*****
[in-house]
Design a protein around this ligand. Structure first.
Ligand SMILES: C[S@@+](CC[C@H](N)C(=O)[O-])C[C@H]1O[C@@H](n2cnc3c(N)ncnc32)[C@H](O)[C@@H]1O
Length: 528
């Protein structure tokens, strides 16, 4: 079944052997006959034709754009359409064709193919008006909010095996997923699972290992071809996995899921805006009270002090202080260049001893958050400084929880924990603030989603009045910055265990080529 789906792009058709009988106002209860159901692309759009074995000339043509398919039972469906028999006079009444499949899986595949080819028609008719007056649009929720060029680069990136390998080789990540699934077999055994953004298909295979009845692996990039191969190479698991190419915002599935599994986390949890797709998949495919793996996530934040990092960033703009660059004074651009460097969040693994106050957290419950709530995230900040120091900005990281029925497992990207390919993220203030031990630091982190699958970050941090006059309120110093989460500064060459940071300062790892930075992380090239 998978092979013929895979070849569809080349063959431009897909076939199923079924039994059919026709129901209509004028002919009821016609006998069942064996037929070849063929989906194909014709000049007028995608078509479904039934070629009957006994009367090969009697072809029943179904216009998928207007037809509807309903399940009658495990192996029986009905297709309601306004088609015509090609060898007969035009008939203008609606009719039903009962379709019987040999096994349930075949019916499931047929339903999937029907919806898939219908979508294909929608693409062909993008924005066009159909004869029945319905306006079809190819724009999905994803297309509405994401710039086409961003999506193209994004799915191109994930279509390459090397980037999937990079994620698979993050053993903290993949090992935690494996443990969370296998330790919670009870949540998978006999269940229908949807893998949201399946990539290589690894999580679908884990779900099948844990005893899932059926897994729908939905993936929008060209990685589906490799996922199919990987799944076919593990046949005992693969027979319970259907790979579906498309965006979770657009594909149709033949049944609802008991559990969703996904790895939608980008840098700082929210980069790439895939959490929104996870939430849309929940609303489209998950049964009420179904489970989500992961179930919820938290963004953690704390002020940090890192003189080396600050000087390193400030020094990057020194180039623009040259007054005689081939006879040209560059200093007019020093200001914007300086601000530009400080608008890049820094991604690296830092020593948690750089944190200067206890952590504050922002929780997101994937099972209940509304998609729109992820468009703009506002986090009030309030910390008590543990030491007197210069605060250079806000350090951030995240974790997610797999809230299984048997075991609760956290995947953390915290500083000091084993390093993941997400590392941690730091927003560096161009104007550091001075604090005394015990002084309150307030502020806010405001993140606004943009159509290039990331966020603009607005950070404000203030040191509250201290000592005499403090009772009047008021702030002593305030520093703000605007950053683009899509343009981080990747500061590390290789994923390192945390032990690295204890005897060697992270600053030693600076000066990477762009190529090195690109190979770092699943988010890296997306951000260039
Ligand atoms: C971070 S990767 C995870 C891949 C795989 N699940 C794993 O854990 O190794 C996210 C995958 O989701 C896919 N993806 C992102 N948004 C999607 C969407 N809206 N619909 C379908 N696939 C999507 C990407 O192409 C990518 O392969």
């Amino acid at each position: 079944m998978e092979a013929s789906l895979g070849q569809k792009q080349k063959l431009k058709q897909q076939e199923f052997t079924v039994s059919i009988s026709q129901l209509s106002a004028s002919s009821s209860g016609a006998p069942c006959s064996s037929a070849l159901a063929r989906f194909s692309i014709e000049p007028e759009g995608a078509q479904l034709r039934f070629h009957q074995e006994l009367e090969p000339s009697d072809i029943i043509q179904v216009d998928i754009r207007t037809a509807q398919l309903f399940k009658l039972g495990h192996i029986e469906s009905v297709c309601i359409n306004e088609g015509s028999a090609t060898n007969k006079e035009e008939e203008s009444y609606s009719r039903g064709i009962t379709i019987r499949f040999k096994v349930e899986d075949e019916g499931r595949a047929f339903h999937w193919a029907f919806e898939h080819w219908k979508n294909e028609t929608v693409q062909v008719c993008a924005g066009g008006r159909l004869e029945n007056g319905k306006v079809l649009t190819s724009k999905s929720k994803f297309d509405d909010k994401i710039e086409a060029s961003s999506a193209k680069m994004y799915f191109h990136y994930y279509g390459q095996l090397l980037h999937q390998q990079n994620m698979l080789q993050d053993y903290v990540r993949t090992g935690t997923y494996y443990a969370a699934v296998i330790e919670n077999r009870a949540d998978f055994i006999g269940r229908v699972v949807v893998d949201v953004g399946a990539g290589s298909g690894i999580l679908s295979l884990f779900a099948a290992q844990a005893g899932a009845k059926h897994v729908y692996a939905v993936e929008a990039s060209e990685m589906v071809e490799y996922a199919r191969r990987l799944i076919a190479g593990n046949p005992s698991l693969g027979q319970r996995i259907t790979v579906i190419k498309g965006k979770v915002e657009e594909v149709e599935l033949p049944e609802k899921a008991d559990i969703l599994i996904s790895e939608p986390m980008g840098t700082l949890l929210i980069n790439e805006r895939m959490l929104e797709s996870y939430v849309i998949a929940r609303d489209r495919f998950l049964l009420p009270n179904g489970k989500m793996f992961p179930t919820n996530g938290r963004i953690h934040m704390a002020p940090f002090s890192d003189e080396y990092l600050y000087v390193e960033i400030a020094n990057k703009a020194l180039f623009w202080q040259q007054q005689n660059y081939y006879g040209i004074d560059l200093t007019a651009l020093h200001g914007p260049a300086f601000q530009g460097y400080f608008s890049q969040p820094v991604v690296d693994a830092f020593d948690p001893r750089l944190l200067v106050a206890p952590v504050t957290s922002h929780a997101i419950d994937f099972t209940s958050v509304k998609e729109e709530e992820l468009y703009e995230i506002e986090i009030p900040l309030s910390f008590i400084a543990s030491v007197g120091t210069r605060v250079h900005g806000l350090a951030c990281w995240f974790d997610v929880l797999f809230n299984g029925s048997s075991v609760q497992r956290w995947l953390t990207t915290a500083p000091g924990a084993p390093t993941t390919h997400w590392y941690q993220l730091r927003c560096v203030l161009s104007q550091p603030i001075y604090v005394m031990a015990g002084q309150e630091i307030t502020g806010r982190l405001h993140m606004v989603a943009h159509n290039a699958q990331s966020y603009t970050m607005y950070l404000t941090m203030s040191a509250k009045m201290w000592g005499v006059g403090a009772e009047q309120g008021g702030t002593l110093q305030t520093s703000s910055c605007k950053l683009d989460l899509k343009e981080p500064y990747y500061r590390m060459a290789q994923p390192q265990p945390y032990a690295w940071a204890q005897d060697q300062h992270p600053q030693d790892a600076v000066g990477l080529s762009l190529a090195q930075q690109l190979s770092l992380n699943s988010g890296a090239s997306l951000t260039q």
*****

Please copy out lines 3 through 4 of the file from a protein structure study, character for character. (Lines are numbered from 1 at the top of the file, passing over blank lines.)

Ligand SMILES: C[S@@+](CC[C@H](N)C(=O)[O-])C[C@H]1O[C@@H](n2cnc3c(N)ncnc32)[C@H](O)[C@@H]1O
Length: 528